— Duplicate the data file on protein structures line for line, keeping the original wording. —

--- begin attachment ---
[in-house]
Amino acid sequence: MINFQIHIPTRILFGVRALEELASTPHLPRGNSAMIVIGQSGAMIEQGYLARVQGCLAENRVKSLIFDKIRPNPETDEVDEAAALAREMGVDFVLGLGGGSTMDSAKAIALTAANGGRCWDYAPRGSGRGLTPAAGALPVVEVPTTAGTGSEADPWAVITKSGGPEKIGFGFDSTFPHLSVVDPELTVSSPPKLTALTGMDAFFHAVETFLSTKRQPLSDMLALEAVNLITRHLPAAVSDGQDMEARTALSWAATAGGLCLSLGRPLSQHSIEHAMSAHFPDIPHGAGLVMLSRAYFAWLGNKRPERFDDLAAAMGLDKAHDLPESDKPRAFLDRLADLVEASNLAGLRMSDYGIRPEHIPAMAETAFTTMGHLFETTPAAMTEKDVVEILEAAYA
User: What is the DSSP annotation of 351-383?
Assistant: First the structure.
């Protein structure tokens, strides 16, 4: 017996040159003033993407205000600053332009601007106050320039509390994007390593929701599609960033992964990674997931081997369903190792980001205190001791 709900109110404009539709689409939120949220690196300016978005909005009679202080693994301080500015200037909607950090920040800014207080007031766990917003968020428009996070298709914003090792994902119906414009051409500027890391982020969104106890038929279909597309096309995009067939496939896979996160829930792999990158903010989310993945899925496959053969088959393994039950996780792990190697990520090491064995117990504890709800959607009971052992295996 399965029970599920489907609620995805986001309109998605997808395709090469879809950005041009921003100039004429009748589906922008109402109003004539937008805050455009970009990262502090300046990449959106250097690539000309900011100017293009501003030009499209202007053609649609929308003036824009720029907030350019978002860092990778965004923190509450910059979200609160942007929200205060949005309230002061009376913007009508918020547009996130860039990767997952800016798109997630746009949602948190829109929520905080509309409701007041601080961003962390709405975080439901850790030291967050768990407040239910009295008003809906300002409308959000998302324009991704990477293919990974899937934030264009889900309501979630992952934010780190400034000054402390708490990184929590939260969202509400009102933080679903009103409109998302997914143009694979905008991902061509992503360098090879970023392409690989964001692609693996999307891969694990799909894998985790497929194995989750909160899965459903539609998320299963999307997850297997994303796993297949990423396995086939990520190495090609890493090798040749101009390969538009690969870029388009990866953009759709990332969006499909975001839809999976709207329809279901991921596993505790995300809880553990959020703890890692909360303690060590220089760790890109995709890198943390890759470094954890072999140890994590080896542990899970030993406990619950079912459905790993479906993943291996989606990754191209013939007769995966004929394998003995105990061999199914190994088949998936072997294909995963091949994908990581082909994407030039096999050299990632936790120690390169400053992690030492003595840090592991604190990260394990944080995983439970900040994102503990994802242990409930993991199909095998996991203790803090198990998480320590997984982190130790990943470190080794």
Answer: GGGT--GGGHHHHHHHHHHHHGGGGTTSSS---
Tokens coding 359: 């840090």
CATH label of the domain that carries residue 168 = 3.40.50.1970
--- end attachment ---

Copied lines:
[in-house]
Amino acid sequence: MINFQIHIPTRILFGVRALEELASTPHLPRGNSAMIVIGQSGAMIEQGYLARVQGCLAENRVKSLIFDKIRPNPETDEVDEAAALAREMGVDFVLGLGGGSTMDSAKAIALTAANGGRCWDYAPRGSGRGLTPAAGALPVVEVPTTAGTGSEADPWAVITKSGGPEKIGFGFDSTFPHLSVVDPELTVSSPPKLTALTGMDAFFHAVETFLSTKRQPLSDMLALEAVNLITRHLPAAVSDGQDMEARTALSWAATAGGLCLSLGRPLSQHSIEHAMSAHFPDIPHGAGLVMLSRAYFAWLGNKRPERFDDLAAAMGLDKAHDLPESDKPRAFLDRLADLVEASNLAGLRMSDYGIRPEHIPAMAETAFTTMGHLFETTPAAMTEKDVVEILEAAYA
User: What is the DSSP annotation of 351-383?
Assistant: First the structure.
């Protein structure tokens, strides 16, 4: 017996040159003033993407205000600053332009601007106050320039509390994007390593929701599609960033992964990674997931081997369903190792980001205190001791 709900109110404009539709689409939120949220690196300016978005909005009679202080693994301080500015200037909607950090920040800014207080007031766990917003968020428009996070298709914003090792994902119906414009051409500027890391982020969104106890038929279909597309096309995009067939496939896979996160829930792999990158903010989310993945899925496959053969088959393994039950996780792990190697990520090491064995117990504890709800959607009971052992295996 399965029970599920489907609620995805986001309109998605997808395709090469879809950005041009921003100039004429009748589906922008109402109003004539937008805050455009970009990262502090300046990449959106250097690539000309900011100017293009501003030009499209202007053609649609929308003036824009720029907030350019978002860092990778965004923190509450910059979200609160942007929200205060949005309230002061009376913007009508918020547009996130860039990767997952800016798109997630746009949602948190829109929520905080509309409701007041601080961003962390709405975080439901850790030291967050768990407040239910009295008003809906300002409308959000998302324009991704990477293919990974899937934030264009889900309501979630992952934010780190400034000054402390708490990184929590939260969202509400009102933080679903009103409109998302997914143009694979905008991902061509992503360098090879970023392409690989964001692609693996999307891969694990799909894998985790497929194995989750909160899965459903539609998320299963999307997850297997994303796993297949990423396995086939990520190495090609890493090798040749101009390969538009690969870029388009990866953009759709990332969006499909975001839809999976709207329809279901991921596993505790995300809880553990959020703890890692909360303690060590220089760790890109995709890198943390890759470094954890072999140890994590080896542990899970030993406990619950079912459905790993479906993943291996989606990754191209013939007769995966004929394998003995105990061999199914190994088949998936072997294909995963091949994908990581082909994407030039096999050299990632936790120690390169400053992690030492003595840090592991604190990260394990944080995983439970900040994102503990994802242990409930993991199909095998996991203790803090198990998480320590997984982190130790990943470190080794």
Answer: GGGT--GGGHHHHHHHHHHHHGGGGTTSSS---
Tokens coding 359: 């840090």
CATH label of the domain that carries residue 168 = 3.40.50.1970